Reaching the top of the Langdon Hills we came upon a homely little hostel; here we obtained a modest meal and a welcome rest; but, though modest our repast, it was served nicely upon a scrupulously clean cloth, the ale was cool and clear, and the charge

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for two of us gave change from half-a-crown, and, marvellous to say, the civil waitress (not charged for in the bill) did not loiter about-as is the usual wont of her kind-to be remembered, though she did not lose thereby. As we were about to leave we were asked if we would care to go to the top of the house to see the view from there, which the landlady told us was very fine; so we went. A lad showed us up, but he, too, as soon as he had pointed out the different landmarks, suddenly disappeared and we saw no more of him. What a happy land this, where backsheesh is a thing unknown, and simple attentions are willingly given without looking for reward!

The prospect from the highest point of the Langdon Hills is one worth going far to see. It is astonishing that a spot of so much beauty (possessing a peculiar character all its own, and not to be repeated in England) should be so near to town and so little known. For ourselves I must confess that it was quite by accident that we went to Langdon, and had it not been for our planless mode of wandering about country it never would have been seen by us. All of which goes to prove how much of interest, how many unknown spots await the traveller who explores the land in our rambling leisurely fashion, content merely to enjoy his outing and take his chance of the good things that are sure to come to him, careless of performing any definite itinerary.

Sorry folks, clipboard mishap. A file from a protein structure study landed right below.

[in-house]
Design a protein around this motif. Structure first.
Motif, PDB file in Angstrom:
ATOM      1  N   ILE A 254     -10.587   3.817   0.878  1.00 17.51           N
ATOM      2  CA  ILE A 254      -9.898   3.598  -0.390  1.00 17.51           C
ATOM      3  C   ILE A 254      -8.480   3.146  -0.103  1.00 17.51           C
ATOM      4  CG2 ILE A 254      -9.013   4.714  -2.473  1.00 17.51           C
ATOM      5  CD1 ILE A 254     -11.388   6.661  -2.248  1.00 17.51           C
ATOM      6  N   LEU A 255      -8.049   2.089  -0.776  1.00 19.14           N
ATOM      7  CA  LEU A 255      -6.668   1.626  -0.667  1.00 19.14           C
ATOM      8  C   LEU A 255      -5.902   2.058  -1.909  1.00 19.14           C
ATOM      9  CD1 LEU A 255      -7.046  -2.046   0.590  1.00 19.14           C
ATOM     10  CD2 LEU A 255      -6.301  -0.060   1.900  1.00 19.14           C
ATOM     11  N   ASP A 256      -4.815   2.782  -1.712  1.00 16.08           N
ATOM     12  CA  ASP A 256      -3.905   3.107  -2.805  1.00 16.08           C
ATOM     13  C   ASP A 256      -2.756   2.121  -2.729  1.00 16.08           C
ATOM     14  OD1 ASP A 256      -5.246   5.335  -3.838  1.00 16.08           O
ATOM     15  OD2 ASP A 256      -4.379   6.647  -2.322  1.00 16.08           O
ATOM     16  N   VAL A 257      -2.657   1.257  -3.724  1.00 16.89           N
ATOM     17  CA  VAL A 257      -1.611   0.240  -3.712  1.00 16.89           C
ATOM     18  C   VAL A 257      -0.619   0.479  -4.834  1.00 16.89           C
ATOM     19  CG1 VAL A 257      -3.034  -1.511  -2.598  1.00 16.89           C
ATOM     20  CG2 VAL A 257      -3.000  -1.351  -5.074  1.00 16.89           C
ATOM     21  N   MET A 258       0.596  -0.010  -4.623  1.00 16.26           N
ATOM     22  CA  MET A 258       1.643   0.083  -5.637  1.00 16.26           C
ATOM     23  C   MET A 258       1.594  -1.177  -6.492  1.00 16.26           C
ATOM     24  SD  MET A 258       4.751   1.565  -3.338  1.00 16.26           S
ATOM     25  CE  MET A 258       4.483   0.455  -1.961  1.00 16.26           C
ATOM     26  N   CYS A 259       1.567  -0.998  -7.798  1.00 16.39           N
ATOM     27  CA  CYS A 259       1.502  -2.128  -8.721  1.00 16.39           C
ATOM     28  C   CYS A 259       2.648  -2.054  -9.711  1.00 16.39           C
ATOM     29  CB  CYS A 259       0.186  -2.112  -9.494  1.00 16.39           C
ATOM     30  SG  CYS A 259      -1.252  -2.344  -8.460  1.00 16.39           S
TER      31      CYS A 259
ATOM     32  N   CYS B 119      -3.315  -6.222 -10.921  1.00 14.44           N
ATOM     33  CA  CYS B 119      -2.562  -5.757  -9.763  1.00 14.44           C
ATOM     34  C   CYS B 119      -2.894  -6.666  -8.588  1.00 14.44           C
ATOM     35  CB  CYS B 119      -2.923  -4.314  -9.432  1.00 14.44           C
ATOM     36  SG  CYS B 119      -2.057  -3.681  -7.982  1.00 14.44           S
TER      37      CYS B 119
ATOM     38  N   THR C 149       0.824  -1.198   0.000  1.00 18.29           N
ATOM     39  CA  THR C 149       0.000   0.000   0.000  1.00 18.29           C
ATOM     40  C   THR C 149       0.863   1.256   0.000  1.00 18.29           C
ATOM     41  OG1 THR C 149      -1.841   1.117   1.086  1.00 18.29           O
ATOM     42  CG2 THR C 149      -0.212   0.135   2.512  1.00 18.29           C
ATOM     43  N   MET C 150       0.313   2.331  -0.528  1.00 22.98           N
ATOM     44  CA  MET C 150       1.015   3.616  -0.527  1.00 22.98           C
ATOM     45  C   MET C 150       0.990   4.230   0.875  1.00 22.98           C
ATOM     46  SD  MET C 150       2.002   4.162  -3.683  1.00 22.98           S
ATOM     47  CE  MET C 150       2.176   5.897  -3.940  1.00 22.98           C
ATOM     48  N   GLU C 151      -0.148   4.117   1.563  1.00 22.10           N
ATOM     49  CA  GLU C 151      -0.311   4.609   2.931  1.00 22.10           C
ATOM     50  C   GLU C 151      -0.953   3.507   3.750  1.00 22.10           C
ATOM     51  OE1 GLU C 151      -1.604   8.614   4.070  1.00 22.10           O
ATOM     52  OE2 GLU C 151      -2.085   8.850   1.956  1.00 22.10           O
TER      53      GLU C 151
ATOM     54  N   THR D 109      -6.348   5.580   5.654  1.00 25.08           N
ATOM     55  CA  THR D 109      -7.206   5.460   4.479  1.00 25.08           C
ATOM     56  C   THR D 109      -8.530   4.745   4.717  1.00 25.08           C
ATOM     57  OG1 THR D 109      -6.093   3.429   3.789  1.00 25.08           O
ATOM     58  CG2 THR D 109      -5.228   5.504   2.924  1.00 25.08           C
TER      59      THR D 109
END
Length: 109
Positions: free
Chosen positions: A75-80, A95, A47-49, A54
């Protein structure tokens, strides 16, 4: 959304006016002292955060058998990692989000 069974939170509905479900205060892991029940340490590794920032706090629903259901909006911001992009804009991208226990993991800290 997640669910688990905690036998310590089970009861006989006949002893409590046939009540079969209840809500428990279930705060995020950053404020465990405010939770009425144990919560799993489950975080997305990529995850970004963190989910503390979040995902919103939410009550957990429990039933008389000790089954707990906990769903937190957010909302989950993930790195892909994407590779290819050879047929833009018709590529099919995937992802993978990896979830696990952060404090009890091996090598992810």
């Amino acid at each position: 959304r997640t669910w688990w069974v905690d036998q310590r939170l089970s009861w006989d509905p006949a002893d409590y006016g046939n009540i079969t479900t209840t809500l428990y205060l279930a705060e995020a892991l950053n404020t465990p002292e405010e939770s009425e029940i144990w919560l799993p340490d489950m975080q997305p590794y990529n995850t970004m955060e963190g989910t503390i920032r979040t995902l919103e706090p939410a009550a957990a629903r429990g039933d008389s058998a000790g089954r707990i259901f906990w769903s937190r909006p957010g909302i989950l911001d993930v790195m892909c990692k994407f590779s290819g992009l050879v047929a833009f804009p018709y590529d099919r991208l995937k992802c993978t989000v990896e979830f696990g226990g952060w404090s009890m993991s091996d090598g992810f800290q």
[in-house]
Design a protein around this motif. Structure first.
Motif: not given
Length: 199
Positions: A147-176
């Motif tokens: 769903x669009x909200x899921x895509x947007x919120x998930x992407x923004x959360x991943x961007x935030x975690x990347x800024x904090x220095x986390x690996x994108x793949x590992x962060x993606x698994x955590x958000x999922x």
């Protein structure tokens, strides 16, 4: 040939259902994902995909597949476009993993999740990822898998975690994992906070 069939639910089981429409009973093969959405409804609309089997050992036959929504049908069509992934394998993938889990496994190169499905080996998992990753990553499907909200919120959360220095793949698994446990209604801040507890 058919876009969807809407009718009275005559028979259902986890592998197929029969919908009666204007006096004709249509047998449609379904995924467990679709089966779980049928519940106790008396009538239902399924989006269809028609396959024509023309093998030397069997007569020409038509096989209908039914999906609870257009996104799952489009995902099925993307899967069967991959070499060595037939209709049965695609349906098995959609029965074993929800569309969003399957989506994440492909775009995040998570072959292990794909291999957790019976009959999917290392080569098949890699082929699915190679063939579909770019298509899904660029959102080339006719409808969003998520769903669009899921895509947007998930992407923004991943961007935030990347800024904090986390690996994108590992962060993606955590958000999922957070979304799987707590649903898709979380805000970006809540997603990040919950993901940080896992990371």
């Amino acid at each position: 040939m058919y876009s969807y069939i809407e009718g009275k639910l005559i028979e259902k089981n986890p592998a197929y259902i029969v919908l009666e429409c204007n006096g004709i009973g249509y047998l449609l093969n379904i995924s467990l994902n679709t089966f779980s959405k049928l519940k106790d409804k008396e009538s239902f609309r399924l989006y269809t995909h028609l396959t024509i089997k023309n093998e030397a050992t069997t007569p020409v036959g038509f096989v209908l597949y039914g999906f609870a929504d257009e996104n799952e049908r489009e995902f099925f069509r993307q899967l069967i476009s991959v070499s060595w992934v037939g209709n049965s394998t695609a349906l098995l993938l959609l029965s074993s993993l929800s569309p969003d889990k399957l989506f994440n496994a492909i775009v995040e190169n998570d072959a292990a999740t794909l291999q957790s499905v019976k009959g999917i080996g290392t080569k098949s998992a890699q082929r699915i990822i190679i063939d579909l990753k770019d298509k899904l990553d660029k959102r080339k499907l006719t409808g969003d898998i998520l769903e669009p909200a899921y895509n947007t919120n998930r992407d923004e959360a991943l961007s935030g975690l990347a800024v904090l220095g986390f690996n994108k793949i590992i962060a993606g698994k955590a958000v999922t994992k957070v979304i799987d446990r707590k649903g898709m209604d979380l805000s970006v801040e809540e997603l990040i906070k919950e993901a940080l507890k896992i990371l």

From where we stood we looked down through the sun-filled air upon a glorious expanse of waving woods, green meadows, and red tilled fields, down upon miles of smiling verdure dotted here and there


with scattered farmsteads and red-roofed villages, with ever and again a peep of a distant church tower or spire all this goodly prospect bounded only by the circling blue of the far-away horizon where land and sky were blended together in a dim dreamy uncertainty. Right through the heart of this map-like panorama wound the silvery Thames-at least it appeared silvery to us-we could trace the river's winding course from just below Purfleet in the west, to where it widened out and lost its identity in the long line of gleaming silver of the distant sea. A magnificent prospect, in truth, so space-expressing ; our vision rejoiced in its unaccustomed freedom, confined as it is for so great a portion of the year to the sadly limited vista of a London street. The stately river was dotted with ships outward and inward bound, from the mighty ocean steamer (so dwarfed by distance that it was difficult to realise that the tiny moving speck with the long trail of smoke behind was actually a little world afloat) to the humble barge: several of these picturesque craft were noticeable on the water, their many sails, light in sunshine and dark in shade, added greatly to the effect of the picture by the life they gave to it, and, as they glided downward with the tide, we watched them

pass on and on, and go From less to less, and vanish into light.



Yet, though now so little known, the view from the Langdon Hills has often been written about and described by travellers of the last century, who being unblest with railways, when journeying this way,